Hey everybody, welcome to the wedding ceremony podcast. We talked about anything and everything that has to do with wedding ceremonies. This is episode number 320, recorded on Tuesday, June the 22nd 2021. That's a lot of 20s. My name is Clint Hufft. And with me is a gentleman that I don't know if he planned all the 20s or if they just happened accidentally, the one and only JP Reynolds.
JP Reynolds 0:28
I'm not telling.
No. It's diabolical. JP, that's all there is to it. Yeah. JP is an accomplished author. His books are in the Amazon store and in the Kindle store in Amazon. He is a communications expert. thebusinessofconfidence.com is that website, his wedding website is JPRweddings.com. Mine is ReverendClint.com or ClintHufft.com, for all of the things that I do. JP, I know that you have stories to tell. And I'm just gonna step to the side and let you take the mic.
JP Reynolds 1:07
Well, I've been making my way through the backlog of weddings from last year. Right. And so I've had a few ceremonies in the last couple of weeks. And I've got like a little platter of goodies to share from the very sweet to the very profound and my instinct would be to begin with the profound.
I'll admit, I'm too lazy. To start with the more silly, but I'm actually going to begin not with a silly story, but something that caught me by surprise. A couple of weeks ago, I did a wedding. The venue that you have officiated at. It's a place called Hummingbird ranch. And it's outside of LA. It’s kind of situated nestled at the foot of not necessarily mountains, but very hilly terrain. It's an isolated venue. It's a venue that has had some very interesting owners, from the beginning on up to the present. And it's very expansive, and secluded venue. And as I think we all know, oftentimes before a ceremony, either DJ will be playing some music, or the strings will be stringing, or the harp will be harping. And most of the time when this music is being played, it's helping to set the tone and they allow people to settle into the moment. Most people though, are simply chattering away and the music becomes really background music.
This couple though, for their music for the ceremony had just one violinist, and he played an electric violin. And so first of all, incredibly, phenomenally Talented. I went to his website, they see that he had awards and has appeared on reality shows, etc, etc. But what he did and, I don't think I've ever seen before. For the half hour before the start of the ceremony, he stood center on the platform where the couple and I we're going to stand. And he actually, in a sense, gave a performance to all of the guests as they were taking their seats and waiting for the ceremony to start. And so it wasn't background music, it was literally center stage, and against the majestic background of the ranch in the hills. I thought I was watching like one of these shows that PBS broadcast during its fundraising events. It was electrifying. Absolutely just stupendous.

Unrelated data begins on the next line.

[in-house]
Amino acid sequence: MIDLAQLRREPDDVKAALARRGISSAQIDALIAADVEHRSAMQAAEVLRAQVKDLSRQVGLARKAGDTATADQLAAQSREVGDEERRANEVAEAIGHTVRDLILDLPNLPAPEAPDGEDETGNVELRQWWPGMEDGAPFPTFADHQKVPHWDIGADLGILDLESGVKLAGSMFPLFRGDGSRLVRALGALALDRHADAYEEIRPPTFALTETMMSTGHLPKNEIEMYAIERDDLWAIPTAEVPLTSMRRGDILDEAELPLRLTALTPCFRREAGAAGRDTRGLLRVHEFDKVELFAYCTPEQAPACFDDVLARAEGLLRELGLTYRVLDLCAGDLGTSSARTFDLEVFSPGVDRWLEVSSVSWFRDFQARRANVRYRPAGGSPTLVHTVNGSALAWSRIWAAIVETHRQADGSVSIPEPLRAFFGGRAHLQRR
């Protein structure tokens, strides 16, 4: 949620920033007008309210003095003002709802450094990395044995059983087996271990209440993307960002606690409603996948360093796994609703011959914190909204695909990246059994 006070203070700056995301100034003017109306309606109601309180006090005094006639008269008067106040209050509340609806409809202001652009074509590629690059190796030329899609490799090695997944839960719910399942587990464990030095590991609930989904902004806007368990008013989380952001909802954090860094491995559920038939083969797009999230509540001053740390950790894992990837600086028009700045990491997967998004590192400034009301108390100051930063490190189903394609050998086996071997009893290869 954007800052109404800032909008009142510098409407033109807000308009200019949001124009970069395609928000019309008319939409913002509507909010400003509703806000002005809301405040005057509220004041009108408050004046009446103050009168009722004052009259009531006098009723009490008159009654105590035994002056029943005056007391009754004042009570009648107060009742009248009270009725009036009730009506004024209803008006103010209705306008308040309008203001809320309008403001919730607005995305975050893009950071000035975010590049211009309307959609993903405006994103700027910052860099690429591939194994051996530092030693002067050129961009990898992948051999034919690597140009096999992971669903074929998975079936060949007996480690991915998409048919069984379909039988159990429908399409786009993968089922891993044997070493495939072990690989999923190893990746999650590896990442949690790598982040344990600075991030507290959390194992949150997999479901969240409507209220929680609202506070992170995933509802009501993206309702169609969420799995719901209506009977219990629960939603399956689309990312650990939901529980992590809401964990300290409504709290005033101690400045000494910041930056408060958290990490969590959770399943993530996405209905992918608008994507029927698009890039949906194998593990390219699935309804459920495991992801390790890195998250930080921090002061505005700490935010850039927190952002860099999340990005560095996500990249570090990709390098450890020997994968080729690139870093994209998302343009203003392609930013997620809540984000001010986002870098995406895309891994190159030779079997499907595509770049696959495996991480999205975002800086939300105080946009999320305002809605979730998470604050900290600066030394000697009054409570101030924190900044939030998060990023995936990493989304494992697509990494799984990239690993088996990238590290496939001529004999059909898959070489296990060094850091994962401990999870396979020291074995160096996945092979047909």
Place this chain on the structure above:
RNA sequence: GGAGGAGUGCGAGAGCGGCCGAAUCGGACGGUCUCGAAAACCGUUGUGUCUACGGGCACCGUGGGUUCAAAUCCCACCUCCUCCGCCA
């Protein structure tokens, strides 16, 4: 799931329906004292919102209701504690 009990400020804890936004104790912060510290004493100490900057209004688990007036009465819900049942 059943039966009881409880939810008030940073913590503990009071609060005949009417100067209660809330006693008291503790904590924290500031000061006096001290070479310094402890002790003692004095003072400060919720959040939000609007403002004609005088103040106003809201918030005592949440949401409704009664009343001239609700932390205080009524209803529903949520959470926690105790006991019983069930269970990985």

Did he play with pre recorded background stuff? Because I've seen some musicians do that. And it really is amazing.
JP Reynolds 5:14
He did but what added to it was the fact that he was standing center stage. But he wasn't off to the side. And that it really became a performance.
He was your warm up act.
JP Reynolds 5:32
And he was. I said that to him, actually. And it changed the atmosphere. And I was taken aback, I was surprised like, well, this is different. And this is not to say one is better than the other, simply to say, Well, this is another way to welcome people to your celebration, and that it really is a pronounced kickoff to your celebration and a pronounced prelude to the ceremony. And then, what I love, love, love love. The cocktail hour was in another section of Ranch House. And he led the guests to the cocktail hour.
Oh, like a Pied Piper type of deal.
JP Reynolds 6:41
JP Reynolds 6:46
And that generated just, again, a fun energy.
That sounds so cool.
JP Reynolds 7:00
It was it was just so dramatic. It really was very cool. And I've never had that kind of sense of a musician being the, quote, opening act.
How was he to work with with you in terms of the cues and all that stuff?
JP Reynolds 7:23
Well, the only cue that I give a musician is to cue for the end of the ceremony. Because at the beginning of the ceremony, everything he coordinates with the event planner, so it was fine. Yeah.
Well, the only reason I bring that up is that what I found is that if there's anything during the ceremony that requires any kind of background music, that kind of stuff. Sometimes the couples want me to ask who presents this woman. And sometimes they don't. If I'm not gonna ask that question. I like the music to keep playing until the couple actually gets in front of me. And everybody sits down. I like to fill that with music. If I'm going to ask the question, then obviously, the couple or whoever's being escorted is going to stop, even with the first row of chairs. And whoever's playing the music needs to know one or the other. Just to kind of set that up. So I was just curious about, I don't know, just interacting with a personality like that. Because I mean, the way you've described it, he's used to being the show, the star.